Make music, not war

By now, everyone knows there are two hemispheres in the brain, and it's a cliché to say that left-brained people are logical, analytical and organized, and that right-brained people are creative, imaginative and unorthodox. (The key discovery in this diagnosis is that people who have a stroke in the left brain can still live and feel "normally"; people whose right brain is damaged can function all right, but have difficulty understanding jokes, music, art, metaphor, anything "new" or "foreign" — there's no empathy with others.) Like most clichés, there's truth in this — but it's getting more complicated.

A new development in brain science is that the human brain is still evolving — see The Master and his Emissary, by Iain McGilchrist — and it's possible, because of the structure of our educational, political and technological systems, it's evolving in the wrong direction. The left brain's getting stronger, and we may be losing our ability to use our imagination, to understand others, to feel life in depth — in other words, the very thing that makes us most human.

The striking art found on the walls of caves in Lascaux, France — dating from 17000 BC — marked a turning point in evolution, where Neanderthal "man" was becoming "Homo Sapiens," i.e. human, creating beauty out of the dark world he lived in. Once the basic needs of food, warmth and relative safety get fulfilled, humans begin searching for meaning. As soon as we got out of caves and huddled in huts and small villages around the earth, troubadours and wandering minstrels appeared, rambling over dangerous roads to sing for their supper, bringing music to our lives. We need music and art to be fully human.

The arts let us escape the caves of our own little — and selfish — selves. The musical Billy Elliot, recently at the Straz Center in Tampa, shows how a young boy's interest in ballet humanizes a depressed English town. Even more to the point was freeFall Theatre's opening production of The Frogs. In this musical adaptation of Aristophanes' play, updated to modern times (there was even a joke about BayWalk), Dionysos is trying to prevent the world from falling apart, mainly due to senseless military disasters. To stop the Greeks from turning into yea-saying thoughtless pre-human creatures (i.e., frogs), Dionysos travels down to Hades to bring back a writer who will spark their sympathetic imagination once again. At first he's intent on acquiring George Bernard Shaw, the satirical, rational English playwright, but in the final debate, with the writers quoting their own famous words at each other, Dionysos chooses the poet Shakespeare as the people's best hope. For true inspiration, he decides, they need the music of poetry more than witty satire.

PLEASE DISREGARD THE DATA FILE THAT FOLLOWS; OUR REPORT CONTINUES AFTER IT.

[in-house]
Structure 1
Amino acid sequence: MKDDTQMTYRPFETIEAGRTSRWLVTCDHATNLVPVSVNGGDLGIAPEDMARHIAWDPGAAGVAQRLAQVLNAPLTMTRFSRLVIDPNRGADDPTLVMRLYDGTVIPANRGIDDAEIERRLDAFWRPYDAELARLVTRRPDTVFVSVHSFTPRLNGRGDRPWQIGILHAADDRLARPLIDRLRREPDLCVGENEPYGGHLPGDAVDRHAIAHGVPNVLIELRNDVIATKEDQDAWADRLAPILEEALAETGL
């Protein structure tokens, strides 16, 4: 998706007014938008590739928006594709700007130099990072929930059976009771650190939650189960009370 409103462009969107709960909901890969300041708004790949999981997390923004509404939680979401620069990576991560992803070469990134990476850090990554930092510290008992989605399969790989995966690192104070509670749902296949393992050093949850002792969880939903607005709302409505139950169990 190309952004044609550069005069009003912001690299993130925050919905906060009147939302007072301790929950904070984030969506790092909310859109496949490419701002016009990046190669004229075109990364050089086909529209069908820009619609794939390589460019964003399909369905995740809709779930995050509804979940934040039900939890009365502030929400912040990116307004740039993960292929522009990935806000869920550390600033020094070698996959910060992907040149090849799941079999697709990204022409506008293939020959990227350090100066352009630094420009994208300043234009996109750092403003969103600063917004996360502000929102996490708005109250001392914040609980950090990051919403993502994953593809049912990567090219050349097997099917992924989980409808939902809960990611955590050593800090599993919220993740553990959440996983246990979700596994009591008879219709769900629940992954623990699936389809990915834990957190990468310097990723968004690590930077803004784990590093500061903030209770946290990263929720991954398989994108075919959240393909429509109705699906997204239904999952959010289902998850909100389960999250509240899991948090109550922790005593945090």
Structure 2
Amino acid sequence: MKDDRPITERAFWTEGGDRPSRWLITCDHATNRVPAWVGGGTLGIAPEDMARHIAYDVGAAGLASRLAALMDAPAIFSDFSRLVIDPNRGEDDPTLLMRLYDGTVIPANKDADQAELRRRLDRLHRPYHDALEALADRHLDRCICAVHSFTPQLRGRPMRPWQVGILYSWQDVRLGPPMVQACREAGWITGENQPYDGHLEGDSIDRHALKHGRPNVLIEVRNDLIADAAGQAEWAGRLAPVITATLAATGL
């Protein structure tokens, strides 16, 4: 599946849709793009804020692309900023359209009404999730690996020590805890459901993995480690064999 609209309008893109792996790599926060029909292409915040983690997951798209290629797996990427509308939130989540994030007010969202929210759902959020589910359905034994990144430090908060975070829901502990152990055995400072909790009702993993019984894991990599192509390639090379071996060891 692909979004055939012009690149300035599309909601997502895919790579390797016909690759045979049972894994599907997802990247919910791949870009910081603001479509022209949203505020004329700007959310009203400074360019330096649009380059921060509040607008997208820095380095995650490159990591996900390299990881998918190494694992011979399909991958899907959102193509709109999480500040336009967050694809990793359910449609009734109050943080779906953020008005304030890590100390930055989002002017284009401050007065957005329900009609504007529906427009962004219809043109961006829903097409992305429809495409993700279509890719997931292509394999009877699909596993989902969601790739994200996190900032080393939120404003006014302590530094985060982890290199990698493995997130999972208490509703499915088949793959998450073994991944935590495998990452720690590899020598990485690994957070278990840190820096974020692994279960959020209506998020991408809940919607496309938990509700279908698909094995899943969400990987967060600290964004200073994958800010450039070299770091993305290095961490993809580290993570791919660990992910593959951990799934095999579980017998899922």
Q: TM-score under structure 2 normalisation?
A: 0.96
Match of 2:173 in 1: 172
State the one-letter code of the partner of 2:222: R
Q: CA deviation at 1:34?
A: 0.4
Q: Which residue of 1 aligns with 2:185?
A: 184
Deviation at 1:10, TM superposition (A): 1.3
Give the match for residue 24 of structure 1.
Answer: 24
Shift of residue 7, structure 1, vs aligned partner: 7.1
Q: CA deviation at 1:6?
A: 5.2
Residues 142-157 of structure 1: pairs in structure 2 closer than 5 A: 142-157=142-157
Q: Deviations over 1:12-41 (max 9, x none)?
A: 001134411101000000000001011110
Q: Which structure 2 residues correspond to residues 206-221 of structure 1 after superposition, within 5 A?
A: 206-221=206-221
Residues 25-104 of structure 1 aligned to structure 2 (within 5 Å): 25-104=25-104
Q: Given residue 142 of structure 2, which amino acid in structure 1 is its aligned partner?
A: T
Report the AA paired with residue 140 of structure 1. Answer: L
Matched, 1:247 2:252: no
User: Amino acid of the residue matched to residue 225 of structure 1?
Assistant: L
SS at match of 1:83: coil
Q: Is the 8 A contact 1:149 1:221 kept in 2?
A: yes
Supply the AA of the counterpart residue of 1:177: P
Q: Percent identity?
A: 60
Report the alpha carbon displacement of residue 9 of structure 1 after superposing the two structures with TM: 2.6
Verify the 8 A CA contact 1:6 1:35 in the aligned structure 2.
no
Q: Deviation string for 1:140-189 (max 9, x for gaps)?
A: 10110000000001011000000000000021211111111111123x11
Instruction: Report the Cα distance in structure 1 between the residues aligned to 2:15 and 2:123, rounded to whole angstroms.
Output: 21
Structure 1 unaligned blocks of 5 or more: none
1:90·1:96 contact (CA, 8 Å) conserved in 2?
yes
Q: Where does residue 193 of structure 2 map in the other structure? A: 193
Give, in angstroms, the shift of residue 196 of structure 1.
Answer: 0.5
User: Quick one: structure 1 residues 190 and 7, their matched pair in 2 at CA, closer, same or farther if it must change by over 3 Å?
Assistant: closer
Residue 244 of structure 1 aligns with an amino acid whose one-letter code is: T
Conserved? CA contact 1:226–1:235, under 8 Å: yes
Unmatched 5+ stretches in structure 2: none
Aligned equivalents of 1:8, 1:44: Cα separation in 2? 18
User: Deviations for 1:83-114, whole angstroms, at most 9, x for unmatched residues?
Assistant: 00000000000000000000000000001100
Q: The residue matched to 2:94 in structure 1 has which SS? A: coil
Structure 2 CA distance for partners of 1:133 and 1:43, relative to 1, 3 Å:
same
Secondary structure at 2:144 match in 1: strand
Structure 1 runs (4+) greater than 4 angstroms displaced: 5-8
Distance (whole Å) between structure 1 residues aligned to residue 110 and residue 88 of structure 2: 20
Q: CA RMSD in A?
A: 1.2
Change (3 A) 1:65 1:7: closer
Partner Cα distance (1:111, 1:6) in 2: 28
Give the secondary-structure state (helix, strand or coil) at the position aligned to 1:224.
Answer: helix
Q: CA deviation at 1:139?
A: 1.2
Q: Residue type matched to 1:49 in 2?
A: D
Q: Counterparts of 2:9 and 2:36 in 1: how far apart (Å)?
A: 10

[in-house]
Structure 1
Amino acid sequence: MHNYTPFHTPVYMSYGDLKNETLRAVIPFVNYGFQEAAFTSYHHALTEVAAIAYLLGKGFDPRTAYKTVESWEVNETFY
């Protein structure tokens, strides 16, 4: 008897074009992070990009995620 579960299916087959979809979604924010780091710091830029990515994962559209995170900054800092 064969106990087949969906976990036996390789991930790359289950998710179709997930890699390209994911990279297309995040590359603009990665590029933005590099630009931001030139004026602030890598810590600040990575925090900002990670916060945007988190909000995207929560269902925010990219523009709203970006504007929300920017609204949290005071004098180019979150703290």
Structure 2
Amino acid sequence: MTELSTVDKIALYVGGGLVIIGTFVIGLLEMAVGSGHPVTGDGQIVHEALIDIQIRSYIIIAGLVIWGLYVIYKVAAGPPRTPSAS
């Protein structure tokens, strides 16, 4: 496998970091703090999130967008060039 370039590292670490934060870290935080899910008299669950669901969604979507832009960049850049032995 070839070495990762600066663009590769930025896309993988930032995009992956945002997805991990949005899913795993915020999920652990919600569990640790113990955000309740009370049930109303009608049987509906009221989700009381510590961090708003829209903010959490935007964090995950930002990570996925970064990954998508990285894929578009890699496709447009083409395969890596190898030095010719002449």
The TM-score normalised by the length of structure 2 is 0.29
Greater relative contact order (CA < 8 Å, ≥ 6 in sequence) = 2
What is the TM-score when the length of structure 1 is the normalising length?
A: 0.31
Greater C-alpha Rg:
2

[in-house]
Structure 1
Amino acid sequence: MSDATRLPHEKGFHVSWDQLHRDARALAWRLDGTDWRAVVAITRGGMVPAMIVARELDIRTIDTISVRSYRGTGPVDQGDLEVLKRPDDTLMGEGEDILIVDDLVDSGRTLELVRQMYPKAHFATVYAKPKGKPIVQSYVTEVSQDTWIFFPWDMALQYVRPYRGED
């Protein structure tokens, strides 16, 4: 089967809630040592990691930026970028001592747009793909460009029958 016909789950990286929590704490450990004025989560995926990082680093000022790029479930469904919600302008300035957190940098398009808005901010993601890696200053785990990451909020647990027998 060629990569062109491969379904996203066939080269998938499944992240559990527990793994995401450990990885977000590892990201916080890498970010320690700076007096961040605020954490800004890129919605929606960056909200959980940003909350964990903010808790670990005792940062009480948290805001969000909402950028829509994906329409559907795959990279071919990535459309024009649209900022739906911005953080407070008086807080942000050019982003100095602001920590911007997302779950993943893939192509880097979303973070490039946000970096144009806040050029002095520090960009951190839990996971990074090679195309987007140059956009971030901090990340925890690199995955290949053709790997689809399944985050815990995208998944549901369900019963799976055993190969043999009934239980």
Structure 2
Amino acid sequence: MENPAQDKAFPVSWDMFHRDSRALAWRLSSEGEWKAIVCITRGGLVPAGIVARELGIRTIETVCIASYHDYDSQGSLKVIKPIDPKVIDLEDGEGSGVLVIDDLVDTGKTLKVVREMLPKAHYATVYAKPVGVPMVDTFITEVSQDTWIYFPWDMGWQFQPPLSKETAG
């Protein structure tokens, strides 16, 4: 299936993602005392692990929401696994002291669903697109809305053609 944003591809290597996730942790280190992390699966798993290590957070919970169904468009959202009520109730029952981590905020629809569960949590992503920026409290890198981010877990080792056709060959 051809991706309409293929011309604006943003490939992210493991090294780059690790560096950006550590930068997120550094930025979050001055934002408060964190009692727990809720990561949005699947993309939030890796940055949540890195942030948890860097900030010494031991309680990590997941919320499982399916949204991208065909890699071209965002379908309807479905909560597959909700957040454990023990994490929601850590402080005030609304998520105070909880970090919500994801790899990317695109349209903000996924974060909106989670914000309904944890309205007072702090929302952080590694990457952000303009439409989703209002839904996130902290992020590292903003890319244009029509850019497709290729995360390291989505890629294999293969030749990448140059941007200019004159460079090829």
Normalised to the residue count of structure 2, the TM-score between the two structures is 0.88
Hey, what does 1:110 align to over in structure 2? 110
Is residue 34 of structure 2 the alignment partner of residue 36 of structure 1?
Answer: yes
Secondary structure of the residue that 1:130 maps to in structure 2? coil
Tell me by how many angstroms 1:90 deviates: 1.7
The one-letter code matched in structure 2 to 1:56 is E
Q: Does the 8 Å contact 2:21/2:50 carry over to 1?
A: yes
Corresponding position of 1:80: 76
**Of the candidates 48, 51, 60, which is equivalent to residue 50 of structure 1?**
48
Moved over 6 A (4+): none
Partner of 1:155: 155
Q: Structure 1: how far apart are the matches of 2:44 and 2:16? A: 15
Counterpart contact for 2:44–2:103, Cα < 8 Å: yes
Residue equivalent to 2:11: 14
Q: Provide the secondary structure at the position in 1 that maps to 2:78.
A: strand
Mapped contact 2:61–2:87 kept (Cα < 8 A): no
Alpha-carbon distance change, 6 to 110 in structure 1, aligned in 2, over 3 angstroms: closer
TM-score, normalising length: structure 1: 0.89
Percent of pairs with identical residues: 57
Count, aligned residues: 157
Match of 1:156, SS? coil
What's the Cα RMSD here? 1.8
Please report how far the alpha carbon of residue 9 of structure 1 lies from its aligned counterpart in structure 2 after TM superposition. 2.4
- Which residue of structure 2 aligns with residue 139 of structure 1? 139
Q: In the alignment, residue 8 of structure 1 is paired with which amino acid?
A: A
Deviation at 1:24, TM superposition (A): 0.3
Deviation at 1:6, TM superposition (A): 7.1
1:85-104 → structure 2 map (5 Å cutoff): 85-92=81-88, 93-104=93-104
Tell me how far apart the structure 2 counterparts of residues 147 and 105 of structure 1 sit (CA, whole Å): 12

Our left-brained right-winged politicians claim that cutting our fat-filled budgets is necessary and logical, but they're making a big mistake when they cut back on the arts, instead of the military, the rich, and corrupt or ineffective practices in general: it's the wrong direction, beginning with a cynical disregard for the needy, whose numbers, already over 40 million, are rising like a threatening wave. The loony hippies, chanting "Make Love, Not War," were essentially right.

To be specific between the peony and the rose

plant squash and spinach turnips and tomatoes

Beauty is nectar

and nectar in a desert saves—

but the stomach craves stronger sustenance

than the honied vine

Therefore marry a pretty girl

after meeting her mother

Speak truth to one man

work with another

and always serve bread with your wine

But son always serve wine

—from "Advice to Our Son," by Peter Meinke (Liquid Paper, U. of Pittsburgh Press 1991)

Peter Meinke points out that "wine" in this poem is a symbol for beauty and the good life, and that he wrote it before we knew that wine was also a health food.

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